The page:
February 13, 2017 - Juan Montas

Architectural Exclusion

In her article about Architectural Exclusion, Sarah Schindler discusses how discrimination and segregation occur through the physical design of the built environment. In other words, she means that the way a place is built can have an effect on individuals. More specifically, in part two of Schindler’s journal she mentions Architectural Exclusion as forms of practice and she starts off by saying that “the architecture of the built environment directs both physical movement through and access to places” (Schindler, 20). Therefore, the main points Sarah Schindler is trying to make is divided in two parts: a) physical barriers to exit and b) transit.

While writing physical barriers to exit, the author talks about how architects such as Robert Moses uses the creation of bridges to exclude some social classes from being able to use certain buildings. By creating architectural constructions like bridges, then less people can use these physical barriers to their advantage, which leads to discrimination. This is an example Schindler is using to make people understand that there are a vast majority of ways in which people can be segregated.

By having not train stops in the suburbs then workers cannot use this medium to get to their location.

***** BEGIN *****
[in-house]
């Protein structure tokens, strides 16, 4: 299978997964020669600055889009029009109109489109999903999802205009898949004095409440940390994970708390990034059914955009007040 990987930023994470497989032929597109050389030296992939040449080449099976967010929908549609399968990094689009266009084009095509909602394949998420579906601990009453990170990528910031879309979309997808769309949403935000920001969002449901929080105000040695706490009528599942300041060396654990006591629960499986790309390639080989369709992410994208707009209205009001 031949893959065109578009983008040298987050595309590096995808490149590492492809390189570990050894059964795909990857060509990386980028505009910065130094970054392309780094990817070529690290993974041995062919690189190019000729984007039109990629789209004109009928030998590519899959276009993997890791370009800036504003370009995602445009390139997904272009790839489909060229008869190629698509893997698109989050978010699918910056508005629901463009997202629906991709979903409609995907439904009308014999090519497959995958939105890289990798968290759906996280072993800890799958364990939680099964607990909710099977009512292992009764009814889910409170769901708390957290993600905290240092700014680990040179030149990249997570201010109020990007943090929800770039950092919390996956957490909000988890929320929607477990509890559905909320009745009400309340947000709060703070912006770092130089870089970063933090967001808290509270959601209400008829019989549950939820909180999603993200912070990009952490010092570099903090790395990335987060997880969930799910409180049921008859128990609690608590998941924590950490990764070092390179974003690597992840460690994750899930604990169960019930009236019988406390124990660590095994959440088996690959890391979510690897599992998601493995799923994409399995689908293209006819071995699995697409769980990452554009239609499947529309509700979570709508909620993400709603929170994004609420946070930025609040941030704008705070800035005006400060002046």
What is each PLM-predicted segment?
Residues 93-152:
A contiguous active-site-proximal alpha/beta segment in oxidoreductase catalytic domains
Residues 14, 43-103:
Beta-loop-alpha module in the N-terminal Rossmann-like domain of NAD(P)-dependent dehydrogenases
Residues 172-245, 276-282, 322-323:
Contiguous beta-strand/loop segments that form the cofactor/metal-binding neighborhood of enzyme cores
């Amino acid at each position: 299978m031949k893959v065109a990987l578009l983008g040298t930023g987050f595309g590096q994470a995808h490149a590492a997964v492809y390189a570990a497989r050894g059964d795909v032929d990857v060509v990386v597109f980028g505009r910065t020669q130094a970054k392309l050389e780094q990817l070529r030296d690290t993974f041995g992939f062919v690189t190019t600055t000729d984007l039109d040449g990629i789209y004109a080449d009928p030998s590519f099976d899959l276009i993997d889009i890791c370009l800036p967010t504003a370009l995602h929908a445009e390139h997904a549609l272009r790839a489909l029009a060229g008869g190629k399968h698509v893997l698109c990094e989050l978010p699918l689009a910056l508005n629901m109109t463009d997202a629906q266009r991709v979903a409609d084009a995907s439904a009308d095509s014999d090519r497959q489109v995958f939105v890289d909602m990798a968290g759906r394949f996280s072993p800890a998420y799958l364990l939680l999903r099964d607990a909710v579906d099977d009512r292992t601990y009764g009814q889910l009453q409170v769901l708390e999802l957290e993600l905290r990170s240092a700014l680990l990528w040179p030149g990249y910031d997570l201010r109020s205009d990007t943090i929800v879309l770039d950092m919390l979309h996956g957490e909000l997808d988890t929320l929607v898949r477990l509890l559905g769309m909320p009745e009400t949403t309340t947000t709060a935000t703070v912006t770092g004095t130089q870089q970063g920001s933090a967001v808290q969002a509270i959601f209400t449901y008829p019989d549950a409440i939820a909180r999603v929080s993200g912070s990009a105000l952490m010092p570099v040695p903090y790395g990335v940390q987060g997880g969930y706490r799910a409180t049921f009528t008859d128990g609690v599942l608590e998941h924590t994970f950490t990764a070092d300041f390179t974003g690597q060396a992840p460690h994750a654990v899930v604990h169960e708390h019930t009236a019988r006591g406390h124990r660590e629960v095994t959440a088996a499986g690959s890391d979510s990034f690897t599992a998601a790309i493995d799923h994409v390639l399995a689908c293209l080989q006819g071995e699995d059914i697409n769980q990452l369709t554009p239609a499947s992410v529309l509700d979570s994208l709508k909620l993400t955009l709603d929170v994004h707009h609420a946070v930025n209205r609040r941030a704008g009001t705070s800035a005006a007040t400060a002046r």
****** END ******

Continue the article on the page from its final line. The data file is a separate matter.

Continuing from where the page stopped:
Sarah Schindler speaks out on how public transportation affects different social groups. In a part she says, “Decisions to exclude transit stops from parts of the suburbs means that many workers who would accept minimum-wage jobs in the suburbs cannot physically access those jobs” (Schindler, 30). Through this statement she means that many workers need to find alternatives to public transport due to the fact that there are no stops in the suburbs. In my opinion this is very ridiculous from part of the government because even though the suburbs are considered for the “rich people”, still low-income people go work there and it is not fair that they have to pay a lot of money to get to their destination just because public transportation doesn’t reach these places.

Works Cited

Schindler, Sarah. “b.1934.Schindler.2024_vndzv2jw.pdf.” Accessed February 9, 2017. https://via.hypothes.is/http://www.yalelawjournal.org/pdf/b.1934.Schindler.2024_vndzv2jw.pdf.

Reading Analysis 2 /

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